Everyone has their own set of circumstances, goals and needs when it comes to their finances. With good financial planning, you can map these out and identify steps you can take to protect and make the most of your income, assets and wealth.
You will benefit most from reviewing your financial affairs not in isolation, but as a whole. This means looking at your savings, investments, other assets, tax planning, pensions and estate planning together. How are they currently structured? Do they affect each other? What are your options, now and in the near future? What will work best for your family and your unique situation, objectives and risk appetite?
Protecting your wealth
It is only natural that you will want to preserve your wealth and see it grow over time. There is invaluable peace of mind in securing financial security for your family, no matter how long you live or what health issues may come your way. You may also want to help the next generations by leaving a lasting legacy.
However, today’s economic and political climate presents many challenges to both protecting and growing your capital.
Take the prolonged period of ultra-low interest rates: this has made it harder to achieve decent returns on bank deposits and lower risk investments. Meanwhile, creeping inflation has further eroded the value of capital and income. This has also been a time of heightened global tax scrutiny, with frequent changes to tax and pensions legislation. And, of course, Brexit is likely to continue generating economic uncertainty and fluctuations in the value of the pound and euro.
At times like this, careful planning plays a particularly important role in securing your financial security over the long term. You need to weigh up which issues affect you most and establish what you can do to protect against them.
Personalised, expert advice
While some choose a DIY approach to financial planning, most people who have built up or inherited wealth will benefit from an independent and expert review of their finances. After all, it is difficult to take a step back and look at your broad financial situation from a truly objective point of view, or fully understand the complex tax implications and keep up with the changing rules.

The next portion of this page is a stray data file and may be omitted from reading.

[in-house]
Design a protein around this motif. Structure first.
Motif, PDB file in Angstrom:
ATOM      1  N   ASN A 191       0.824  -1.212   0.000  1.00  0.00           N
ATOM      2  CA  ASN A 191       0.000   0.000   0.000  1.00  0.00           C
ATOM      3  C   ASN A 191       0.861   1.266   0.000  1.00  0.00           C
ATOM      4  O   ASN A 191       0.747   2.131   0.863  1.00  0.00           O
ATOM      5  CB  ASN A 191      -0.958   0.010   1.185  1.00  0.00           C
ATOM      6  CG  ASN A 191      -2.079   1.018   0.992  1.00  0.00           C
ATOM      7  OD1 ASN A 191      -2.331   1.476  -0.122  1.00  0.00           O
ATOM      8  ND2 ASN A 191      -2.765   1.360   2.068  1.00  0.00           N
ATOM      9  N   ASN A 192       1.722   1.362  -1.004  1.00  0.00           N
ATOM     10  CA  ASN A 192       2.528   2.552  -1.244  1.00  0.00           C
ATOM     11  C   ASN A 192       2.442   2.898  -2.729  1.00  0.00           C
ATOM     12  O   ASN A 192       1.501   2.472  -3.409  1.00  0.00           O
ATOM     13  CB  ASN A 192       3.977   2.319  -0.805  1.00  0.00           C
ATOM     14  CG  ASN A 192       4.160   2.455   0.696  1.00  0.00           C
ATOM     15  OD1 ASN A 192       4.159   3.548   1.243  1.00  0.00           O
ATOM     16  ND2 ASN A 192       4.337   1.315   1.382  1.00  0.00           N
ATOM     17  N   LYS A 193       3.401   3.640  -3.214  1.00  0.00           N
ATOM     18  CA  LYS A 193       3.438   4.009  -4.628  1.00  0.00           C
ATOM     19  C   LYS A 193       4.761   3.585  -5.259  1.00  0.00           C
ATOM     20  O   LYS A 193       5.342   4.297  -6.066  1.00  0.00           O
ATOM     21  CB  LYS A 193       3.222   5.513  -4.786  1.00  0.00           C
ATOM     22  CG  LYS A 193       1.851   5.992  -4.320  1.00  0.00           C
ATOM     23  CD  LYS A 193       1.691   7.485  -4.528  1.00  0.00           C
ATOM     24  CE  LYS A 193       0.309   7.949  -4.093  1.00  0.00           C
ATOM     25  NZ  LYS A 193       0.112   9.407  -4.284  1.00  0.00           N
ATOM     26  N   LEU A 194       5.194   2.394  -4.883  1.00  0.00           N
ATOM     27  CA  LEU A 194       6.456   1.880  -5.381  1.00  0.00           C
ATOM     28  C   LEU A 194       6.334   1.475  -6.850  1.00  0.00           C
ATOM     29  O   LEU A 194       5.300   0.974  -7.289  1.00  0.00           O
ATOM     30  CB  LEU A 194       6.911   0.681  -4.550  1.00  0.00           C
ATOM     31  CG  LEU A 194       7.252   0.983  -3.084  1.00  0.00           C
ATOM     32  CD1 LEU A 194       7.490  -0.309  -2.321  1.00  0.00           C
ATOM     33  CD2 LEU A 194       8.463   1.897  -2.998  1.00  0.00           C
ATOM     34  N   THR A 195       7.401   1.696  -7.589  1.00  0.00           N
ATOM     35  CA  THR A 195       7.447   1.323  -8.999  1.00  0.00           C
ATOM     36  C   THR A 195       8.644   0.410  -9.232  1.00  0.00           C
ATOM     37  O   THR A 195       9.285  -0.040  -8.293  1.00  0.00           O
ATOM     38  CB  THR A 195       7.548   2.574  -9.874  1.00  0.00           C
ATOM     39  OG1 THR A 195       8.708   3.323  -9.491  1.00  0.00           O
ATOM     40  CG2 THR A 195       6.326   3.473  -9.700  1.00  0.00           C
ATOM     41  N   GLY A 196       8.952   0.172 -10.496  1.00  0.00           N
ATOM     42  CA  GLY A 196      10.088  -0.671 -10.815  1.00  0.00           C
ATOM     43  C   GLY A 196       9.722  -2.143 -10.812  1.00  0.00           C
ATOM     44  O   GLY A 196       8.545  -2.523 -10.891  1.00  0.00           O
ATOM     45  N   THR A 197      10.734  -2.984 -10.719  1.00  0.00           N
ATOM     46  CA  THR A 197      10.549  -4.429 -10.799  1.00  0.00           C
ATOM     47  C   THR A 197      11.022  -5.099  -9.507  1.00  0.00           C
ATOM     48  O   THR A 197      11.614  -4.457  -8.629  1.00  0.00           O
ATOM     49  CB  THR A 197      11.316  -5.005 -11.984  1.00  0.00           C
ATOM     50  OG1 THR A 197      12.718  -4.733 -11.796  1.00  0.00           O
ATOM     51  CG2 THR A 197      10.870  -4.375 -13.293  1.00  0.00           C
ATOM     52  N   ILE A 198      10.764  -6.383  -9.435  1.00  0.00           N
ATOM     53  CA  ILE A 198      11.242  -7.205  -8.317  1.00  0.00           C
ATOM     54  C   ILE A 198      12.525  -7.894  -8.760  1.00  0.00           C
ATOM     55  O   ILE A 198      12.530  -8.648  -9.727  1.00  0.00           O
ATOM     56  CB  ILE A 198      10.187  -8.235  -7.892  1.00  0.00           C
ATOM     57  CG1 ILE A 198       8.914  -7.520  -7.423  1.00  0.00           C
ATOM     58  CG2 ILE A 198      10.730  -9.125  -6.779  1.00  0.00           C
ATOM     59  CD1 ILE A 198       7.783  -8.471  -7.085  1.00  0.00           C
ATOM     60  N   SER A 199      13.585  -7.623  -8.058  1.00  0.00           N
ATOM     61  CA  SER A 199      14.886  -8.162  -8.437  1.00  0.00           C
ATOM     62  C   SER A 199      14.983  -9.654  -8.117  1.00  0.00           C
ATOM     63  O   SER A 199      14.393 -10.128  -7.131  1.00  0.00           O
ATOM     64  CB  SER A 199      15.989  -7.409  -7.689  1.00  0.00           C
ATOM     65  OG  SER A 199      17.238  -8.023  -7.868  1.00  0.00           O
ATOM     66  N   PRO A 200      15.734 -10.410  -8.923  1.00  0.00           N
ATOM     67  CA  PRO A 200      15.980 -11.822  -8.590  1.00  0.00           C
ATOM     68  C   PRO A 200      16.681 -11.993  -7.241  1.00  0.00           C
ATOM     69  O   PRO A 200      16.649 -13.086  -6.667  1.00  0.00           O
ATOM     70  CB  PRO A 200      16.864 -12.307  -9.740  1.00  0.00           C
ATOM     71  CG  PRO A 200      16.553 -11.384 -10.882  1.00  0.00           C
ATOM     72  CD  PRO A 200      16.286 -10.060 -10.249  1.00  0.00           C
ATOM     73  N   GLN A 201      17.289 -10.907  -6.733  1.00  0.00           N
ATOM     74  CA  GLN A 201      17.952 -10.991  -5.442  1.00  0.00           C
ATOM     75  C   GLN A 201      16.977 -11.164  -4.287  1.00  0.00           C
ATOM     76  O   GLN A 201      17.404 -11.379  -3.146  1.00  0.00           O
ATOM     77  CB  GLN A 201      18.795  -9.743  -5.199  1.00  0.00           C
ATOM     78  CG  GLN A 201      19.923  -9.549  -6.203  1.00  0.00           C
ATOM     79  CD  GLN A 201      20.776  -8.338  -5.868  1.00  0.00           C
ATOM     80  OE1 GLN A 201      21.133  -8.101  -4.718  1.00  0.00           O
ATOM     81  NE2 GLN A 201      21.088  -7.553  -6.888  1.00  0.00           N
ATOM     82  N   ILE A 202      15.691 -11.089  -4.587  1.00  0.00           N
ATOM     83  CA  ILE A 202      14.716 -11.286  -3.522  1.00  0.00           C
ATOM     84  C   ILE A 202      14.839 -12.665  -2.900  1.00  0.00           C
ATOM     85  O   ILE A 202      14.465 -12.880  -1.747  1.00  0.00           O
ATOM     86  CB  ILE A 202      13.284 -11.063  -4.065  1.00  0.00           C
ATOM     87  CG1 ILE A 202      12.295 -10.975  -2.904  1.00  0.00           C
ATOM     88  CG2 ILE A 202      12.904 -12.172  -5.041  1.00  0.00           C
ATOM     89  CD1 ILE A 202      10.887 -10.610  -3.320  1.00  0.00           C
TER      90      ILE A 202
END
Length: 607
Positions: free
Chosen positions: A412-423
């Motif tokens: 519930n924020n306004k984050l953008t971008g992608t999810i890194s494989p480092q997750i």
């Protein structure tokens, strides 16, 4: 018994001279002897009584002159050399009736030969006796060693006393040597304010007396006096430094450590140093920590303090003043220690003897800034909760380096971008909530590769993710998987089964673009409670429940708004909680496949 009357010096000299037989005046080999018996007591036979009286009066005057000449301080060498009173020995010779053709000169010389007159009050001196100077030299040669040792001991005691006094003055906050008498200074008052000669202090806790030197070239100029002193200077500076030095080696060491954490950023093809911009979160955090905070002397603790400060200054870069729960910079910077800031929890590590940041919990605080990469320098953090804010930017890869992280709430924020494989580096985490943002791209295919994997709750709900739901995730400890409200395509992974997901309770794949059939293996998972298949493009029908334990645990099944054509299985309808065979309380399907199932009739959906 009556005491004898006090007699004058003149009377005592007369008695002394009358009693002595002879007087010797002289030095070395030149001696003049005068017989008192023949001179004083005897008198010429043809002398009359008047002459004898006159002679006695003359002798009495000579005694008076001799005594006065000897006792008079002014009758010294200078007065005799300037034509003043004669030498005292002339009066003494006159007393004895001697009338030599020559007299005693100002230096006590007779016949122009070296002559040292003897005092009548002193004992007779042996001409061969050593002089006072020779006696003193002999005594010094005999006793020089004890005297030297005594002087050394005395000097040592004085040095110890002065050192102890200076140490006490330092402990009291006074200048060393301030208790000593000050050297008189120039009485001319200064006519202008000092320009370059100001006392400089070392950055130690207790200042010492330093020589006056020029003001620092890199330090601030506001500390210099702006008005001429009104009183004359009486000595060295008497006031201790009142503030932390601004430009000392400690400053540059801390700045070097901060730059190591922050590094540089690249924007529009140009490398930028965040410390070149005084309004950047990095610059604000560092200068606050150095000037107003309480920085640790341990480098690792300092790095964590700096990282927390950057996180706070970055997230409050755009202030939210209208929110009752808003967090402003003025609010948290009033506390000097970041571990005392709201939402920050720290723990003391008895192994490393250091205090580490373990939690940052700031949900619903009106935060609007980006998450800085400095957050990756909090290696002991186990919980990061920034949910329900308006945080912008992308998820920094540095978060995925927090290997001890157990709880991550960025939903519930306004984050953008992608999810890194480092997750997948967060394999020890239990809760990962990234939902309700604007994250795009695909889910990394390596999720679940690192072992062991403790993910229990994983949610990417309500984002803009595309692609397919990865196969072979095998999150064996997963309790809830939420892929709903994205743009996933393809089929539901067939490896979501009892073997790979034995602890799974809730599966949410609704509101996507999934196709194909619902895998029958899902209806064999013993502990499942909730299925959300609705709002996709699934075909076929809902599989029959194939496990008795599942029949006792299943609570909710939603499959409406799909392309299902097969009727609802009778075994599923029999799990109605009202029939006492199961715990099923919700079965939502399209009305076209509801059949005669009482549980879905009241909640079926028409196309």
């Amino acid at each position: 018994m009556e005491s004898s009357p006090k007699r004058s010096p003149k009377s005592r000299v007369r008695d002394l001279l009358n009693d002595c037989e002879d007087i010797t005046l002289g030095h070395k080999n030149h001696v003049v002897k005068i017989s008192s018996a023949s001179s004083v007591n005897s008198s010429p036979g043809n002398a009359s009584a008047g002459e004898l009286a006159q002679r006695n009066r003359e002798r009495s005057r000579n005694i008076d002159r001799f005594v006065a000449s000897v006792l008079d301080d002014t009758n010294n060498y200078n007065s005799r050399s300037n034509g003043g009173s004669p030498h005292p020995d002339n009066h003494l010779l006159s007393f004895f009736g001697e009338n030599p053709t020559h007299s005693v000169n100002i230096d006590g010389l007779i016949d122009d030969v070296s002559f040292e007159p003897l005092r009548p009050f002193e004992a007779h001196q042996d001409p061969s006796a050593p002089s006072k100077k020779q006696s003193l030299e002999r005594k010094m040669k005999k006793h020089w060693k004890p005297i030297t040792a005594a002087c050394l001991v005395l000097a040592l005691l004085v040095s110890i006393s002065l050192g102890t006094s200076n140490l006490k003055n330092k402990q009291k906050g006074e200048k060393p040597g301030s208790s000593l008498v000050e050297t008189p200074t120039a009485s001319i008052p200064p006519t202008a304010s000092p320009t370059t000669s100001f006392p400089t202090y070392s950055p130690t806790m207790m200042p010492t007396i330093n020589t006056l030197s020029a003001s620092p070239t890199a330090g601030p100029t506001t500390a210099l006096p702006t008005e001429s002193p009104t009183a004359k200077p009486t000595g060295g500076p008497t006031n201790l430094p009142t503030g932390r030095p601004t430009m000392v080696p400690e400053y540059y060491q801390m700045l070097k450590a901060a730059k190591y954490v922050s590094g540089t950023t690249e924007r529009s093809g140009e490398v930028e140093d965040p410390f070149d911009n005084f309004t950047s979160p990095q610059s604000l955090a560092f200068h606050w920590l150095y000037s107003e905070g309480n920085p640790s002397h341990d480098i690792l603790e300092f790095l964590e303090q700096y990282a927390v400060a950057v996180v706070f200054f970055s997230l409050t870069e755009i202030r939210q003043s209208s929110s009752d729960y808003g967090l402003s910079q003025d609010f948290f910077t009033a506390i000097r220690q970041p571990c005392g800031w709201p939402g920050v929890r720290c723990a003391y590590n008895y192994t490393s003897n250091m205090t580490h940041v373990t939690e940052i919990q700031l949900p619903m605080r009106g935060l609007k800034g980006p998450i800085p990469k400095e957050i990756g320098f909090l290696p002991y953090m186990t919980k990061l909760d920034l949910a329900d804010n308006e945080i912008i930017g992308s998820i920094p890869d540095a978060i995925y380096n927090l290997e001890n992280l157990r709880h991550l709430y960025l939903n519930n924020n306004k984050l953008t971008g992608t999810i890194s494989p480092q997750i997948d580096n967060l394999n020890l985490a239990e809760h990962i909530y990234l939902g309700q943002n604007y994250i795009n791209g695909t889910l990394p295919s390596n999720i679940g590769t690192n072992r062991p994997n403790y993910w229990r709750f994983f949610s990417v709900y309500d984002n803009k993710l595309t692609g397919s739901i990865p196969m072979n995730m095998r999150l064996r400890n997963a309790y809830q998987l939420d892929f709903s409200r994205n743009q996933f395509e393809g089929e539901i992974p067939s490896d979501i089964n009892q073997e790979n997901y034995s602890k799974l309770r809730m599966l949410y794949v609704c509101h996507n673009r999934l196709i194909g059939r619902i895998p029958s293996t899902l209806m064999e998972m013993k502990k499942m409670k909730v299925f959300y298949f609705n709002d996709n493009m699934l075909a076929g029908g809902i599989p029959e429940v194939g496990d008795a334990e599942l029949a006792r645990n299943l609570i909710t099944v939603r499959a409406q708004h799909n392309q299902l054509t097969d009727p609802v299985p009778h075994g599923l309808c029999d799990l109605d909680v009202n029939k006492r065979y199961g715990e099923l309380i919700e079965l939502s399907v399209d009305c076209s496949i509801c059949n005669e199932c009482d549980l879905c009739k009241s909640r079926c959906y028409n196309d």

For the best results, take professional advice from an experienced, locally-based financial adviser. Since wealth management is such a personal issue, they should take time and use the necessary tools to thoroughly understand your unique situation, needs and objectives, including how you want to shape your legacy.
Investment is probably the area where people are most concerned about losing money. While all investments – even bank accounts – carry risk, a suitably diversified portfolio can help manage risk within your comfort level. It is essential to establish a clear and objective view of your risk tolerance to determine the investment approach that will best suit you. Your adviser is best placed to do this objectively through psychometric testing, for example, combined with their knowledge of your family’s situation in Malta and your financial goals.
Understanding local taxation
If you are an expatriate living here, all elements of your financial planning – from investments to estate planning – need to be set up for Malta, not for your home country. Ideally, your adviser should be based in the Malta and have first-hand experience of the issues facing expatriates here, financial and otherwise. Crucially, they should also have in-depth understanding of cross-border tax planning, including the Maltese tax regime and how it interacts with UK rules.
A local adviser can also react quickly and help you make adjustments if your personal circumstances change, or if there are Brexit developments or tax reforms that may affect you – including new opportunities. If you relocate again or decide to return to the UK at any point, they can help you navigate the tax regimes and residency rules of both countries.
The importance of regulation
Make sure you only deal with an adviser that has suitable, higher-level professional qualifications. The advisory firm should be authorised by a reputable regulatory body, such as the Malta Financial Services Authority (MFSA) or UK’s Financial Conduct Authority (FCA), and also authorised to give advice here in Malta.
Remember: if you are living in Malta, your finances should be set up for your life here, not for your old life in your home country. The sooner you review your financial planning and set up a strategic, long-term vision to protect your wealth, the sooner you can relax into a prosperous future in Malta.
All advice received from Blevins Franks is personalised and provided in writing. This article, however, should not be construed as providing any personalised taxation or investment advice.
Find out more about Blevins Franks at www.blevinsfranks.com